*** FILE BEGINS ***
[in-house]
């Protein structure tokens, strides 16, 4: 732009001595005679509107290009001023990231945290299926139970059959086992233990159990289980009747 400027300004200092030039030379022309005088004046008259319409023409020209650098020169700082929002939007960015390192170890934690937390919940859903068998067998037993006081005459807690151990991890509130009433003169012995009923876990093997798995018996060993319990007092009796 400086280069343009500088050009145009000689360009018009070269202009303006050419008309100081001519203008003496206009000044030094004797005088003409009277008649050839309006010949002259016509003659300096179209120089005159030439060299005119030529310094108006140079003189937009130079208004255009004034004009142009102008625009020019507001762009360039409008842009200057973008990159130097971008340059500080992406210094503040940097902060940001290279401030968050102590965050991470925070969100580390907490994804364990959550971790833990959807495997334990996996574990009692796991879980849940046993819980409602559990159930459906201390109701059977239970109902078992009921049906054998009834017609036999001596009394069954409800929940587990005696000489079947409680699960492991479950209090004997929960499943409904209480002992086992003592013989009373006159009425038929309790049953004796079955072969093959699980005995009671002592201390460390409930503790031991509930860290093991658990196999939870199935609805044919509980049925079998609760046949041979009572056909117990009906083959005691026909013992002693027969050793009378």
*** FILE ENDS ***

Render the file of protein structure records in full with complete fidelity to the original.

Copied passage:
[in-house]
């Protein structure tokens, strides 16, 4: 732009001595005679509107290009001023990231945290299926139970059959086992233990159990289980009747 400027300004200092030039030379022309005088004046008259319409023409020209650098020169700082929002939007960015390192170890934690937390919940859903068998067998037993006081005459807690151990991890509130009433003169012995009923876990093997798995018996060993319990007092009796 400086280069343009500088050009145009000689360009018009070269202009303006050419008309100081001519203008003496206009000044030094004797005088003409009277008649050839309006010949002259016509003659300096179209120089005159030439060299005119030529310094108006140079003189937009130079208004255009004034004009142009102008625009020019507001762009360039409008842009200057973008990159130097971008340059500080992406210094503040940097902060940001290279401030968050102590965050991470925070969100580390907490994804364990959550971790833990959807495997334990996996574990009692796991879980849940046993819980409602559990159930459906201390109701059977239970109902078992009921049906054998009834017609036999001596009394069954409800929940587990005696000489079947409680699960492991479950209090004997929960499943409904209480002992086992003592013989009373006159009425038929309790049953004796079955072969093959699980005995009671002592201390460390409930503790031991509930860290093991658990196999939870199935609805044919509980049925079998609760046949041979009572056909117990009906083959005691026909013992002693027969050793009378």